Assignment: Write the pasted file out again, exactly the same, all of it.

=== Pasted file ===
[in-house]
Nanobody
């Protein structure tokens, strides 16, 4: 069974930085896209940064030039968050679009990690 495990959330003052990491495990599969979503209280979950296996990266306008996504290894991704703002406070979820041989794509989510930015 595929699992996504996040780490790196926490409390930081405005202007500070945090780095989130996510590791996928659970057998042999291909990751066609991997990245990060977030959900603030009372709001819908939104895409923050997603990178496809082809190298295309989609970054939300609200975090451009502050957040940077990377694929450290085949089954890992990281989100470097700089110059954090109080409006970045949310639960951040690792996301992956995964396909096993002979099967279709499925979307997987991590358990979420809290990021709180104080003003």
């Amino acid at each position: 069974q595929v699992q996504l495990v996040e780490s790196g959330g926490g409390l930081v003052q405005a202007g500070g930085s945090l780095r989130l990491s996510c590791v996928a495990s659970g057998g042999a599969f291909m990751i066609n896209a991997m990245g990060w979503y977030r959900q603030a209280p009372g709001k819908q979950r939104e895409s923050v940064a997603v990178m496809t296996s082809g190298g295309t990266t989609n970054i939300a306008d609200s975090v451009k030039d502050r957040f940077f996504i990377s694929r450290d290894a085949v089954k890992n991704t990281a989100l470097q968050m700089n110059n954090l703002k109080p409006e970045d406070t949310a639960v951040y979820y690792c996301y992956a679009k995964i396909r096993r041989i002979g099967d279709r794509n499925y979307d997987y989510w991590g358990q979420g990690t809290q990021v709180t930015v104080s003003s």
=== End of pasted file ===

[in-house]
Nanobody
């Protein structure tokens, strides 16, 4: 069974930085896209940064030039968050679009990690 495990959330003052990491495990599969979503209280979950296996990266306008996504290894991704703002406070979820041989794509989510930015 595929699992996504996040780490790196926490409390930081405005202007500070945090780095989130996510590791996928659970057998042999291909990751066609991997990245990060977030959900603030009372709001819908939104895409923050997603990178496809082809190298295309989609970054939300609200975090451009502050957040940077990377694929450290085949089954890992990281989100470097700089110059954090109080409006970045949310639960951040690792996301992956995964396909096993002979099967279709499925979307997987991590358990979420809290990021709180104080003003």
């Amino acid at each position: 069974q595929v699992q996504l495990v996040e780490s790196g959330g926490g409390l930081v003052q405005a202007g500070g930085s945090l780095r989130l990491s996510c590791v996928a495990s659970g057998g042999a599969f291909m990751i066609n896209a991997m990245g990060w979503y977030r959900q603030a209280p009372g709001k819908q979950r939104e895409s923050v940064a997603v990178m496809t296996s082809g190298g295309t990266t989609n970054i939300a306008d609200s975090v451009k030039d502050r957040f940077f996504i990377s694929r450290d290894a085949v089954k890992n991704t990281a989100l470097q968050m700089n110059n954090l703002k109080p409006e970045d406070t949310a639960v951040y979820y690792c996301y992956a679009k995964i396909r096993r041989i002979g099967d279709r794509n499925y979307d997987y989510w991590g358990q979420g990690t809290q990021v709180t930015v104080s003003s």